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Part II :Movement and Feeding : Index

Movement in the Water Summary (useful for revision)
Movement in the Water : Questions

Introduction : Animal Movements
Carnivores, Herbivores and Omnivores
Movement on Land
Joints in the Human Skeleton
How Muscles Work
Movement in the Air
Recognizing and Choosing Food
How Animals Feed : Carnivores
How Animals Feed : Herbivores
How Food is Digested
The Digestive System of Other Animals
Foods which give us Energy

Topic Chapters Index


Fish © Shirley Burchill

Fish swimming, Bristol Zoo Aquarium



Fact File No.13

The sailfish is the fastest swimmer reaching speeds of 109km/h.


Fact File No.14

Dolphins are around 1,2 metres in length and have a mass of up to 40 kg. A group of dolphins is called a school. A school of dolphins may be made up of up to 1000 individuals. Dolphins migrate long distances in search of food and work together to chase and trap shoals of fish.



Frog, Northern France © Shirley Burchill

The frog has back legs with webbed feet


Turtle, MBA, Plymouth, UK © Shirley Burchill

The sea turtle spends its whole lile if water


Sealion, Bristol Zoo, UK © Shirley Burchill

Sealion, Bristol Zoo, UK


Fact File No.16

The killer whale is 9 metres long and has a mass or around 4,5 tonnes. Killer whales often hunt together and help each other to trap shoals of salmon. They normally swim at around 64 km/h but can reach speeds of 80 km/h when hunting.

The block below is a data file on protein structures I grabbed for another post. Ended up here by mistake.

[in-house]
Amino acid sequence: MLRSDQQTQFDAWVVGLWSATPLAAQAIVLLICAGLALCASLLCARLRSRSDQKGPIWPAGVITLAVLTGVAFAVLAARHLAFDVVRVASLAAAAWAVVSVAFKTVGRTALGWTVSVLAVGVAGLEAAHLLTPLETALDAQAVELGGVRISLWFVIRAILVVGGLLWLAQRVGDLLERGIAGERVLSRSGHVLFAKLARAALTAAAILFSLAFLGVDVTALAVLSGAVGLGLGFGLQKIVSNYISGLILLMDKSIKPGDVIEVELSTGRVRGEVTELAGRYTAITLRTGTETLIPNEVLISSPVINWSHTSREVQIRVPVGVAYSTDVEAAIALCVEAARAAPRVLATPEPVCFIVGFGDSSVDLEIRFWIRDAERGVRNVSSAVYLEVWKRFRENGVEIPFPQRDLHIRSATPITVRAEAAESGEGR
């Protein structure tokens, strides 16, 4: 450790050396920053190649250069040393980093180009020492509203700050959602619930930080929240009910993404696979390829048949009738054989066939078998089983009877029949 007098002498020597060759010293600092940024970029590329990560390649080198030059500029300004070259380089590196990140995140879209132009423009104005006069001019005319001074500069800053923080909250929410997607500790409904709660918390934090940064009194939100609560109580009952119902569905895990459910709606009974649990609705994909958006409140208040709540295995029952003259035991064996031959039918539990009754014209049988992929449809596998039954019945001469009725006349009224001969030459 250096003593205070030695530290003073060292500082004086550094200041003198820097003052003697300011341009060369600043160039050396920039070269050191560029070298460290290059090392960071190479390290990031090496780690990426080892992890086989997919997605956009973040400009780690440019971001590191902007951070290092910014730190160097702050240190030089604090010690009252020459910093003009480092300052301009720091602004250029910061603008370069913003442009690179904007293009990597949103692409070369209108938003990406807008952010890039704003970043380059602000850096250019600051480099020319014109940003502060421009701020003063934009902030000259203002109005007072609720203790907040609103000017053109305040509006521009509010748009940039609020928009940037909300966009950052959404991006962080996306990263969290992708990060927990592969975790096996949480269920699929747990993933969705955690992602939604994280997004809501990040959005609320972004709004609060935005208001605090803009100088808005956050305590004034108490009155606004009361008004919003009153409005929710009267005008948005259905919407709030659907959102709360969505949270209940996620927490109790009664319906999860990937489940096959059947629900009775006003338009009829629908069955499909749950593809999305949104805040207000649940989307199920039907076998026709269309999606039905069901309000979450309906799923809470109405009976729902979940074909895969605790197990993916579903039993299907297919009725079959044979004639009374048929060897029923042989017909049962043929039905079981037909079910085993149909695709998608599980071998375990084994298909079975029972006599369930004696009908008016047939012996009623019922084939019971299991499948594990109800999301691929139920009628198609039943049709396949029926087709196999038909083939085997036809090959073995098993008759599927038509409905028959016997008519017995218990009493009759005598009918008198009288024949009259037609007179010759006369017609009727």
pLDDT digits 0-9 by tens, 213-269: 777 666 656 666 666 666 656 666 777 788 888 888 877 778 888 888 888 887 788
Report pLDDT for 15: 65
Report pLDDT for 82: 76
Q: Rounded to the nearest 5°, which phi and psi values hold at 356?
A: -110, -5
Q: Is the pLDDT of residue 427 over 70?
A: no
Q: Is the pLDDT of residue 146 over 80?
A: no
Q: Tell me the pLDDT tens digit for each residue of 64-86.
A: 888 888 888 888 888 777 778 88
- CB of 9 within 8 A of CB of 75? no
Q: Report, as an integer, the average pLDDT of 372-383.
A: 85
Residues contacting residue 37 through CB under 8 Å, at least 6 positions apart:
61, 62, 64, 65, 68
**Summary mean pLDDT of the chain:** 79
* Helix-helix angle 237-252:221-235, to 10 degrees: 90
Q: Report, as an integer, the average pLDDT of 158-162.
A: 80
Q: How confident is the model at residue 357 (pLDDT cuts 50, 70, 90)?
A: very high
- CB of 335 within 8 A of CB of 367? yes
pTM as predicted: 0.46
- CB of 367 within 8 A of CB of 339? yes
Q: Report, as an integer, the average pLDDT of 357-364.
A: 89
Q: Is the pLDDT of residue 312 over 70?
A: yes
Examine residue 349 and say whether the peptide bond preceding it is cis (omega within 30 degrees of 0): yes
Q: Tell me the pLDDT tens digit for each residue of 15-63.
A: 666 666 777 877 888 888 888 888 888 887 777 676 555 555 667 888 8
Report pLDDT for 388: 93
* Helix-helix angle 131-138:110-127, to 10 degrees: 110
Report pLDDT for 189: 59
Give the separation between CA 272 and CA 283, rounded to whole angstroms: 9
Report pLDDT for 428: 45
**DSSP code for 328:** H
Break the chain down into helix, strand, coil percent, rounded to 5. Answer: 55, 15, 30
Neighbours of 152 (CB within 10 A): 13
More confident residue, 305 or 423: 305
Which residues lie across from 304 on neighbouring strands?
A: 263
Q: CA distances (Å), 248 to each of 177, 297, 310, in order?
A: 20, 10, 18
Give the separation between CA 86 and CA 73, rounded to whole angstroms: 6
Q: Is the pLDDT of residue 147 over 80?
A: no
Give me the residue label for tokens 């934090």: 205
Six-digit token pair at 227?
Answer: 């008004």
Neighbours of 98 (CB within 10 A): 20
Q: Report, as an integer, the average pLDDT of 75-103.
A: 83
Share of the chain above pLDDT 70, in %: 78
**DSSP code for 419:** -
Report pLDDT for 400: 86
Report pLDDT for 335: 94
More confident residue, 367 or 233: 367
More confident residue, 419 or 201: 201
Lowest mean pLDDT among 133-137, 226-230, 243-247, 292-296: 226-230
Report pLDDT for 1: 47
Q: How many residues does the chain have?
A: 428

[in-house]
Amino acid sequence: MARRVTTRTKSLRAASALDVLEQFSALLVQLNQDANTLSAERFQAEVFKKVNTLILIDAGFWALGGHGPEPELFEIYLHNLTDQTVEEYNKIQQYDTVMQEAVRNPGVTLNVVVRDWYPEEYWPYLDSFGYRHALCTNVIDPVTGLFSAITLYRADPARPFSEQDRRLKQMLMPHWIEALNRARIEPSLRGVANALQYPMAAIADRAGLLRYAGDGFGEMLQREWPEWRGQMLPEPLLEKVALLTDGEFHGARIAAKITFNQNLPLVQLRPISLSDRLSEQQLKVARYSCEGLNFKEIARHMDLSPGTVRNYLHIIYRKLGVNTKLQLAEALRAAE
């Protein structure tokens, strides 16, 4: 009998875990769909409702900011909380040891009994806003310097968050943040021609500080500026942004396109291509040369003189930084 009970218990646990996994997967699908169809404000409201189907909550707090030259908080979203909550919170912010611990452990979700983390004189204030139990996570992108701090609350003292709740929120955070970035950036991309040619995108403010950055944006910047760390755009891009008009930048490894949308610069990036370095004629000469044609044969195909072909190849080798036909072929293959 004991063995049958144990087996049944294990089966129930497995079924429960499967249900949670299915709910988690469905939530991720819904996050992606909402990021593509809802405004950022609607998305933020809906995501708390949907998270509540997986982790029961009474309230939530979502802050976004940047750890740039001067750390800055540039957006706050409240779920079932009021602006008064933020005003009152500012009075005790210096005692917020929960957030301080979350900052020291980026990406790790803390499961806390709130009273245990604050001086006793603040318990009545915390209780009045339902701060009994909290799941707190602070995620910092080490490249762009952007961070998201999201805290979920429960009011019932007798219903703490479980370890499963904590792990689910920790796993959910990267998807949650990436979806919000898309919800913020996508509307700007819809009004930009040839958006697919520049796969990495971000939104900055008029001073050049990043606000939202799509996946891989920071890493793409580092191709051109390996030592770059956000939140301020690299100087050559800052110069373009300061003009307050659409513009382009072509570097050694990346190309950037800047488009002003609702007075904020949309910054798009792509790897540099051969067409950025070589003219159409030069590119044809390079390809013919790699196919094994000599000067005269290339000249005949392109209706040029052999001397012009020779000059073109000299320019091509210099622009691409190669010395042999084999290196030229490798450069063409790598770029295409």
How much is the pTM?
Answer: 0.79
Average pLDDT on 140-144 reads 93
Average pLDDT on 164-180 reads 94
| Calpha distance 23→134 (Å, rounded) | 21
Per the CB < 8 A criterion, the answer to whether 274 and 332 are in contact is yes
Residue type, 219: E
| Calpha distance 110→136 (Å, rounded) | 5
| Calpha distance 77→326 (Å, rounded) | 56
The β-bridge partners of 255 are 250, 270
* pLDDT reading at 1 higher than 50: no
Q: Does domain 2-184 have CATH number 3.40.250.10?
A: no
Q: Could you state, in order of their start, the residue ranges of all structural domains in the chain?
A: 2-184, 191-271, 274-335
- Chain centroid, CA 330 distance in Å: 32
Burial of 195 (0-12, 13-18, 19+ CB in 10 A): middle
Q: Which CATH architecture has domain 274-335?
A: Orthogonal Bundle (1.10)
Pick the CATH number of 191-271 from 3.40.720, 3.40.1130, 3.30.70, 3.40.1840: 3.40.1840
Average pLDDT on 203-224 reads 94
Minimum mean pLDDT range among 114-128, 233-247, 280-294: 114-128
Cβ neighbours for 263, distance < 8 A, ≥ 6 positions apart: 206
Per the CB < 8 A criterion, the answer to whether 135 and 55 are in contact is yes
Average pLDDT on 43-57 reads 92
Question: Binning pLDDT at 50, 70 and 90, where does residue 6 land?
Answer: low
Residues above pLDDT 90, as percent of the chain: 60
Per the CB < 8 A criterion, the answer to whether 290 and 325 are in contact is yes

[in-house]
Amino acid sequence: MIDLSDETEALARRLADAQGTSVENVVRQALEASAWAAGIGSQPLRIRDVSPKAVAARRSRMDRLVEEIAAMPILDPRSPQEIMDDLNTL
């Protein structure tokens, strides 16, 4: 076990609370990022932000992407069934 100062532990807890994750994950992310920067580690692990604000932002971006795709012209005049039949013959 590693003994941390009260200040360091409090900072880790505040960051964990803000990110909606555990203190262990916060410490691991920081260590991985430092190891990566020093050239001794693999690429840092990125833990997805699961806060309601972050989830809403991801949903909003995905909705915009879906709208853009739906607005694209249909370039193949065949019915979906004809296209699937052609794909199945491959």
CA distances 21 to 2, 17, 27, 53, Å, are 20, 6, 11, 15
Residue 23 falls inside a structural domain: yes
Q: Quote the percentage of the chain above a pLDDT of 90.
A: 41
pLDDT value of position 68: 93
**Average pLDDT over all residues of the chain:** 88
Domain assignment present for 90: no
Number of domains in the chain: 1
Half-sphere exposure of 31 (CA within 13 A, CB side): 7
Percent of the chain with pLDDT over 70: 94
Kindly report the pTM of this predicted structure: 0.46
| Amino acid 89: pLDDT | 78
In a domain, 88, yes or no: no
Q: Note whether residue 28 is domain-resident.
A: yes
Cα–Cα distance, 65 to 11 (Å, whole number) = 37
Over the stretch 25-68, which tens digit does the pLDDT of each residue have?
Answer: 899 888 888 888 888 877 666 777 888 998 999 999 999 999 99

A killer whale must eat 2,5% to 5% of its body mass each day (up to 900 kg). Its diet includes anything from small fish to the largest whales. It will also attack dolphins, seals and sea birds.



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Many kinds of animals move in water. Some animals stay on the surface of the water and use their limbs to propel them. Other animals move underwater. Water is more difficult to move through than air. This is because it is thicker than air (scientists describe water as being more dense than air). Because it is a thicker medium than air it offers more resistance to something which moves through it. We all know how tiring it can be to walk through water that reaches our waists! For animals to move through water efficiently they need to have certain adaptations which either allow them to push against it forcefully or limit the resistance of the water they are moving through.



Fish live in water all of the time. In fact they cannot breathe air and they die very quickly if they are out of water. They have special structures called fins which help them to move through the water.

The body of a fish is long and thin and pointed at both ends. This is called a streamlined shape. A streamlined shape moves faster through water than other shapes. This is because it can cut through the water more efficiently than other shapes.


Labelled diagram of a typical fish © Shirley Burchill


The tail (caudal) fin helps the fish to move forward quickly. the back (dorsal) fin keeps the fish in a straight line as it moves forward. The tail of the fish is mostly made of muscles. These muscles contract to move the tail from side to side. The pectoral and pelvic fins are in pairs. These are not used for fast swimming and are held close to the body. They are used when the fish is turning or is moving slowly. they help the fish to keep its balance.